Schulman: Yeah! That’s awesome. I love hearing stuff like that. Like you said, sometimes you just have to take a minute to figure out what you think is going wrong or what you think you could do better and then just figure out what will work for you and try something new. But in a restaurant, sometimes my husband is like, “Are you really pulling that out?” And I’m like, “Yes! I don’t want to use a plastic straw! I’ve got my copper straw in my bag.” So it’s just making different things normal and making different things accepted.

Kilgore: If you could list the top three ways people could change their living habits to reduce their impact on the environment, what would you recommend?

Eco-friendly garden sacks and washable produce bags, sold at the Common Market. (Audrey Kilgore)

Schulman: We have classes that you can take at the Common Market, and one of the classes is put on by this really dynamic lady named Anne Marie who’s in charge of the Frederick County recycling plant and I’ve learned so much from her. She has really taught me that the top thing now is not recycle. The top thing right now is refuse. Refuse taking an extra bag. Excuse something with plastic packaging. And that recycle is actually the last thing on the list. The first thing is you’ve got to refuse and really refuse using plastic. Plastic is just so bad in so many ways. The chemical compounds that is put together to make plastic is so detrimental to the environment. So refuse is my big thing.

I found out recently that the type of sunscreen that you use is really important because a lot of sunscreen have these tiny plastic particles in them so it’s best to use sunscreen that has the base of zinc oxide.

Kilgore: Oh! We have that!

Schulman: Have you heard about this?

Kilgore: Yeah!

Schulman: Sunscreens with a product called oxybenzoate – that’s plastic. It soaks into your own skin and that plastic gets into your own body, but it also gets into the ocean water and it’s really causing some huge problems in the ocean. You wouldn’t think that a little bit of sunscreen that people put on their skin would be so detrimental to the ocean, but it really is problematic. Because you think oh my gosh, the ocean’s so big! But scientists and researchers are finding out that these little tiny particles of plastic that come from sunscreen is really bad.

Kilgore: Wow!

Schulman: So for our own health, and also for the health of the ocean, we need to really be careful about what kind of sunscreen we use. And then my third thing is I really think it’s important to try to buy locally produced food. I think I mentioned before that the Common Market works with 49 local farms, and we work with almost 180 local businesses, and for us we consider “local” to be within 150 miles of Frederick. And because of that, we are reducing our impact on the environment. Rather than having to rely on these big supply chains to fly products into our store from around the world, or drive them across the country, we’re really trying to buy from people that are close by so we can reduce our carbon footprint just on getting the products into the store. So I think buying local is the third thing that’s really important.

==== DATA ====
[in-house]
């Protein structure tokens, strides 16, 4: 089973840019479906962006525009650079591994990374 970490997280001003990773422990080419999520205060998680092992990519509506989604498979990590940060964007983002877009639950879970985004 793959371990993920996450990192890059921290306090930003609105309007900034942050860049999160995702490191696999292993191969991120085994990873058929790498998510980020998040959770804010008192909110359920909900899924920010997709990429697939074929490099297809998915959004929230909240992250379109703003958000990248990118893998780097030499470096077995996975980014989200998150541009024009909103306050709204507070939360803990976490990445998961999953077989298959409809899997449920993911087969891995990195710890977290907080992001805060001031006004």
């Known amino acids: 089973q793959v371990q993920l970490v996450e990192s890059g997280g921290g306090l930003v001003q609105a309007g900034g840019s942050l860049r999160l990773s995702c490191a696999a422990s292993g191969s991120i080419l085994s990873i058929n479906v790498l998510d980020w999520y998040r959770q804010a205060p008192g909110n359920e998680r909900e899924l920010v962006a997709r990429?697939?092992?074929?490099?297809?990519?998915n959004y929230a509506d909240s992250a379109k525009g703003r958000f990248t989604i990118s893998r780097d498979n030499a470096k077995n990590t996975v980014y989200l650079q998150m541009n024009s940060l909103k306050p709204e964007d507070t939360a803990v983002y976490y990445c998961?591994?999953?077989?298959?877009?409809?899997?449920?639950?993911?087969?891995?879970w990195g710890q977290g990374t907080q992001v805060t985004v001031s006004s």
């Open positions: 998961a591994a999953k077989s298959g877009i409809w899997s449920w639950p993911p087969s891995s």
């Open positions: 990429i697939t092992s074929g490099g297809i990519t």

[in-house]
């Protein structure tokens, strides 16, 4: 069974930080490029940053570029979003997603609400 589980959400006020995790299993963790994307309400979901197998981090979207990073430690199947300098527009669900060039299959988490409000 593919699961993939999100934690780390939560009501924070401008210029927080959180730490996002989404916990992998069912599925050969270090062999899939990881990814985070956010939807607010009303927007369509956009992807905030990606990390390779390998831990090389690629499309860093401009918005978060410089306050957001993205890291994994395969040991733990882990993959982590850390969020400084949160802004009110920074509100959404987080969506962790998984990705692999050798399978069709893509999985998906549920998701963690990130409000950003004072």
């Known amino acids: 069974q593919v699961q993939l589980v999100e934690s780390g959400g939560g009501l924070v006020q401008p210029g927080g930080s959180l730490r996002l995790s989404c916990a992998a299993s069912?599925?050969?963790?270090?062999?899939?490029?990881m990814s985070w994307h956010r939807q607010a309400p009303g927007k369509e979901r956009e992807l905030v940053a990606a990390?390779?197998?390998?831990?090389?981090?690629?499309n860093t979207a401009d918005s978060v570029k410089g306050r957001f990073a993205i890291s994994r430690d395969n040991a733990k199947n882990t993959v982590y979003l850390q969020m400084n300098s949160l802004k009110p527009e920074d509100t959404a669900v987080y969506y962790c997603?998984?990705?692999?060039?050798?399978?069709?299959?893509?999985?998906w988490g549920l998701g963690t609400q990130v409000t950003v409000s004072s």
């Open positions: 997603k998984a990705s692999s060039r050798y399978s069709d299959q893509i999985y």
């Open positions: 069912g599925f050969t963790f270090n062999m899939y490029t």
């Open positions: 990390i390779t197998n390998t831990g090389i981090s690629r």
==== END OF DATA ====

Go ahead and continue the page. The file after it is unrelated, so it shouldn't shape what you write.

We’ve done some research and found that for every $100 that you spend at a big box store, 75% of that money goes out of your region. It goes back to wherever that company is headquartered. But for a local store like the Common Market, or any of the other local businesses that are here in Frederick, $68 of that $100 stays locally, and it goes back to the local government. It goes back to the local people that are working at that business. It goes back to the suppliers for that local business. We feel it’s very important to support the local economy. Those would be my three things.

Kilgore: Cool. Thank you so much for coming. It’s so nice to hear from you!

Schulman: I was just so excited when I saw your message and I was so glad you reached out to us, again, because I love doing stuff like this so if you ever have any other projects that you think we might be able to help you out on, I would love to help you out on them.

Kilgore: Great! Well thank you so much.

Schulman: You’re welcome. I appreciate it and have a great weekend.

Kilgore: You too! Thanks for working so hard to help the earth and save the environment.

Schulman: You’re welcome. I just really feel like for not my generation’s future but then also for the generations below me, it’s just so important that we all get involved and realize that we can all make an impact.

Kilgore: Definitely.

 

…Every little difference counts. And I think that when you think about it it’s not just yourself. We can’t be selfish when it comes to saving the environment.”

— Susan Schulman

So, obviously, some new changes will need to be made if we’re going to turn around the climate issue. Plastic is never going to disappear, but the amount of plastic used around the world should be reduced and we have control over it. Being more environment-friendly might be more expensive or different from what we’re used to, significantly impacting how we live our lives. For example, if the government restricts fossil fuels, both companies and individuals will need to find new ways to do many things. But we shouldn’t all ignore the climate problem just to opt-out of changing our living habits. Every day, everyone makes an enormous impact on the environment and our future! The Common Market is setting a positive example by adapting their stores and products to use less plastic and waste less energy – we can learn from them and the other organizations they support. Different can be better! I’ve been there a number of times and have seen and utilized their paper bags, longer-lasting bamboo utensils which replace plastic and wooden ones, and nutritional food from sustainable family farms. There is an urgent need to learn more and adapt to what our planet needs most right now and starting to make more changes is the best way to get involved!

Thanks for listening to my podcast! Please join me, not just this Earth Day, but all year, in doing your part and working actively to save the planet.